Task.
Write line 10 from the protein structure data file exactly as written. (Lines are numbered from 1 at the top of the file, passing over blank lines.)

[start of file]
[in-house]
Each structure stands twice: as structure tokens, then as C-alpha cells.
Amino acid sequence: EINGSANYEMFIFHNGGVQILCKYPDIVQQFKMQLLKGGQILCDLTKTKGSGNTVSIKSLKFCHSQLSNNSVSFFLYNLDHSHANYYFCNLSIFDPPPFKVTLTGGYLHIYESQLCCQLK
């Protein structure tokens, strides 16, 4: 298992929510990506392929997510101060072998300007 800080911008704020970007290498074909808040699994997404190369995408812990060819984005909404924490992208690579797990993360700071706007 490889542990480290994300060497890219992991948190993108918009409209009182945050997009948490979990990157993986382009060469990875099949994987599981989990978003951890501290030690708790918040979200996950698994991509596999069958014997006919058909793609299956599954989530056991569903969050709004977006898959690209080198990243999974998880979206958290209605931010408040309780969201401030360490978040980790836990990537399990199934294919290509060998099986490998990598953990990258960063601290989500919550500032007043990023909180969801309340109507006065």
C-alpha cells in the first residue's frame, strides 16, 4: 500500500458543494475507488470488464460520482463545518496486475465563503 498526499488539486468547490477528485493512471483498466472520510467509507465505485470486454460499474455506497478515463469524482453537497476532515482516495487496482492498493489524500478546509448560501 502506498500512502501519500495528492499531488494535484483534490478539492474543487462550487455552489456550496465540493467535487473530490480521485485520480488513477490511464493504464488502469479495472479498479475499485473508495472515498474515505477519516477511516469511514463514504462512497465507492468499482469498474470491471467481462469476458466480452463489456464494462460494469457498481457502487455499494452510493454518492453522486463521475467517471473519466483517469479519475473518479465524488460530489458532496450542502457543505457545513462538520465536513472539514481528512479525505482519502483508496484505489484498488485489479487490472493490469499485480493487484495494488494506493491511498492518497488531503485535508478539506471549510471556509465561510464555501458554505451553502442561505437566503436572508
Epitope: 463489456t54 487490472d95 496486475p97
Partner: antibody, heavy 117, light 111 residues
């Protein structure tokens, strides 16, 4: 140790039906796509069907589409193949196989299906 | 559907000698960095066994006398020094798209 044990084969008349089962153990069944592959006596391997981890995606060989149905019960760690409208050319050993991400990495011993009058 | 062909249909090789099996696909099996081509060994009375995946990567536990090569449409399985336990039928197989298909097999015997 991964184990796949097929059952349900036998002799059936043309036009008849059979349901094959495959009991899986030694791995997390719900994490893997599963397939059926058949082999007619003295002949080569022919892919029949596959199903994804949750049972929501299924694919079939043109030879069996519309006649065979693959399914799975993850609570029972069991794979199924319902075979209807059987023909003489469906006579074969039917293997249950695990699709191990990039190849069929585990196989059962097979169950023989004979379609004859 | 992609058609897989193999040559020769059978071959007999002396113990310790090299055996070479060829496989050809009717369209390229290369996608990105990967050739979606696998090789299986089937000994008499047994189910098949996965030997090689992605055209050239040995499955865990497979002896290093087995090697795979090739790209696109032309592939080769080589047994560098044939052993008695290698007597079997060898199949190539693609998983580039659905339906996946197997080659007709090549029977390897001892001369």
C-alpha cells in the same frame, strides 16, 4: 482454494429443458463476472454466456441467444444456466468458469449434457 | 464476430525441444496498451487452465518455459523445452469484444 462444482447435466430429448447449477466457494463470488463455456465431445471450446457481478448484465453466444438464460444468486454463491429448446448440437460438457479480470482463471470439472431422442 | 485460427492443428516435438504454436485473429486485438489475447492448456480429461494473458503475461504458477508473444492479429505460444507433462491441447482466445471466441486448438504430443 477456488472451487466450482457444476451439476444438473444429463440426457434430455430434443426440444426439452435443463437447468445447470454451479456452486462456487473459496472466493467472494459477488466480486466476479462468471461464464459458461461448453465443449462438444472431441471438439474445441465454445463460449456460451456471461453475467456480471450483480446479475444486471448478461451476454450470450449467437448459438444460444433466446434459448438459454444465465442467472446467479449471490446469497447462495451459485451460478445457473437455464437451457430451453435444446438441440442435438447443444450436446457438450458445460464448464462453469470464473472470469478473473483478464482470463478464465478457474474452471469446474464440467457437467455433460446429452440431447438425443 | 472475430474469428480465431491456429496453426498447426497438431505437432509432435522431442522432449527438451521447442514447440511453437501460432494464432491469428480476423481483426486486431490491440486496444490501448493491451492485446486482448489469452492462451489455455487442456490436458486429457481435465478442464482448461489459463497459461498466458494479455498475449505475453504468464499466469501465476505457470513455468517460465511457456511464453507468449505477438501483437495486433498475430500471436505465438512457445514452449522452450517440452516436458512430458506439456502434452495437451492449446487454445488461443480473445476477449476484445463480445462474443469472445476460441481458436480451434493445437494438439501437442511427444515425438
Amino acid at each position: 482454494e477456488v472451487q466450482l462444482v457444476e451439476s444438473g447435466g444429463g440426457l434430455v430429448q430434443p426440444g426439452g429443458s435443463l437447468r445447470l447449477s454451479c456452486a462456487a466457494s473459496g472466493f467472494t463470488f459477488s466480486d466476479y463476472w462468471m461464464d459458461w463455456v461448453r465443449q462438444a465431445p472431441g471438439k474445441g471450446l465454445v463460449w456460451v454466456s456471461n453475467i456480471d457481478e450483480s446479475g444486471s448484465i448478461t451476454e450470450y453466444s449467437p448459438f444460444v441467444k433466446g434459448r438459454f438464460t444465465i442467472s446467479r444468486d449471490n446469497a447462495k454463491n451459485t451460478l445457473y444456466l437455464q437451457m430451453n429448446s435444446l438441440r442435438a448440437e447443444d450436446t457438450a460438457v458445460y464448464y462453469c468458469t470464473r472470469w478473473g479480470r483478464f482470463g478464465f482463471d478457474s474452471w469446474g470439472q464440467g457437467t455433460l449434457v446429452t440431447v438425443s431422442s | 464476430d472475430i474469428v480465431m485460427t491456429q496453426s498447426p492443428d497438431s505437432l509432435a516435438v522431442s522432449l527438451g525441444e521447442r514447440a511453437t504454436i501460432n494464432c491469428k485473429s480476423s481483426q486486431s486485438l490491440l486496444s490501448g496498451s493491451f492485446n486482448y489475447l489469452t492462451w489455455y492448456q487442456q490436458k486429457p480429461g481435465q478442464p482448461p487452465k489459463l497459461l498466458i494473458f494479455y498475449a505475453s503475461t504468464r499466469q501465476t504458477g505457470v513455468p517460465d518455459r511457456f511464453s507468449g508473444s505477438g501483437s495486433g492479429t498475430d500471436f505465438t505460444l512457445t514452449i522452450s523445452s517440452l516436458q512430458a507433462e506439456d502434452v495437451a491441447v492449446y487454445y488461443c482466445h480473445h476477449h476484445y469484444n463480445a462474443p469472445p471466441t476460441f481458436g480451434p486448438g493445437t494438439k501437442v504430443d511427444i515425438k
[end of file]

Amino acid at each position: 482454494e477456488v472451487q466450482l462444482v457444476e451439476s444438473g447435466g444429463g440426457l434430455v430429448q430434443p426440444g426439452g429443458s435443463l437447468r445447470l447449477s454451479c456452486a462456487a466457494s473459496g472466493f467472494t463470488f459477488s466480486d466476479y463476472w462468471m461464464d459458461w463455456v461448453r465443449q462438444a465431445p472431441g471438439k474445441g471450446l465454445v463460449w456460451v454466456s456471461n453475467i456480471d457481478e450483480s446479475g444486471s448484465i448478461t451476454e450470450y453466444s449467437p448459438f444460444v441467444k433466446g434459448r438459454f438464460t444465465i442467472s446467479r444468486d449471490n446469497a447462495k454463491n451459485t451460478l445457473y444456466l437455464q437451457m430451453n429448446s435444446l438441440r442435438a448440437e447443444d450436446t457438450a460438457v458445460y464448464y462453469c468458469t470464473r472470469w478473473g479480470r483478464f482470463g478464465f482463471d478457474s474452471w469446474g470439472q464440467g457437467t455433460l449434457v446429452t440431447v438425443s431422442s | 464476430d472475430i474469428v480465431m485460427t491456429q496453426s498447426p492443428d497438431s505437432l509432435a516435438v522431442s522432449l527438451g525441444e521447442r514447440a511453437t504454436i501460432n494464432c491469428k485473429s480476423s481483426q486486431s486485438l490491440l486496444s490501448g496498451s493491451f492485446n486482448y489475447l489469452t492462451w489455455y492448456q487442456q490436458k486429457p480429461g481435465q478442464p482448461p487452465k489459463l497459461l498466458i494473458f494479455y498475449a505475453s503475461t504468464r499466469q501465476t504458477g505457470v513455468p517460465d518455459r511457456f511464453s507468449g508473444s505477438g501483437s495486433g492479429t498475430d500471436f505465438t505460444l512457445t514452449i522452450s523445452s517440452l516436458q512430458a507433462e506439456d502434452v495437451a491441447v492449446y487454445y488461443c482466445h480473445h476477449h476484445y469484444n463480445a462474443p469472445p471466441t476460441f481458436g480451434p486448438g493445437t494438439k501437442v504430443d511427444i515425438k